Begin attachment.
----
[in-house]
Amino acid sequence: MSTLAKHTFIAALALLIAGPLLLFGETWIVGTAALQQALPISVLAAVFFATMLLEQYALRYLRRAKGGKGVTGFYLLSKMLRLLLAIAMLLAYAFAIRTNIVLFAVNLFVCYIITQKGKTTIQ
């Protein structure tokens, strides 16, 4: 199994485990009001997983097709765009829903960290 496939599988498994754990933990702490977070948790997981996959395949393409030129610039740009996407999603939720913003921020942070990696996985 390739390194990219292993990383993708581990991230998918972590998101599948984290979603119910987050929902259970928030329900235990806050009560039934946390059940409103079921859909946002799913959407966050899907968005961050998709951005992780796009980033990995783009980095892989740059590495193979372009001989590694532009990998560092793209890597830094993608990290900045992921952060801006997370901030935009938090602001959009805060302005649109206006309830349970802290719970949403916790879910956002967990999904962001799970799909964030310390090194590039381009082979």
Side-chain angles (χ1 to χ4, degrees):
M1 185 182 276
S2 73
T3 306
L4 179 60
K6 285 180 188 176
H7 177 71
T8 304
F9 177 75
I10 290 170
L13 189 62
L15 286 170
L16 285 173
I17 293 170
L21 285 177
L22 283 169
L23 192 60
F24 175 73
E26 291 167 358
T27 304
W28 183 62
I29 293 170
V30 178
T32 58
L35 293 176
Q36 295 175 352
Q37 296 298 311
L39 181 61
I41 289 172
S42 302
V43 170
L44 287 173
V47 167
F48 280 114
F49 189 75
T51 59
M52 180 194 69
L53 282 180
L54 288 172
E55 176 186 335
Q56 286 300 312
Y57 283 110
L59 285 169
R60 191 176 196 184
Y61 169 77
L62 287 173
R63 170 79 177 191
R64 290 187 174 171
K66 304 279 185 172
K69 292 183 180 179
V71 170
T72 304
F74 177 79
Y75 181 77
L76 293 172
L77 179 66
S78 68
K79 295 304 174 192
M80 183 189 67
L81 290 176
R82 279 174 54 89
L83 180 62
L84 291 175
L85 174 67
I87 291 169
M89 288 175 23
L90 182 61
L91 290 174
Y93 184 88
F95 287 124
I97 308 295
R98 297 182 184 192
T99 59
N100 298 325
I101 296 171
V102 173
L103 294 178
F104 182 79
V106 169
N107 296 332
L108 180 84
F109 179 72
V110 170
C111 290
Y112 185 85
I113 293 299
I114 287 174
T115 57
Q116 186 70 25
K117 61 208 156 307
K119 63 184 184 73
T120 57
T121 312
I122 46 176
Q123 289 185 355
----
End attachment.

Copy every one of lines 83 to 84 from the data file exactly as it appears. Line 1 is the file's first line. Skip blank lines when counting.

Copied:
N107 296 332
L108 180 84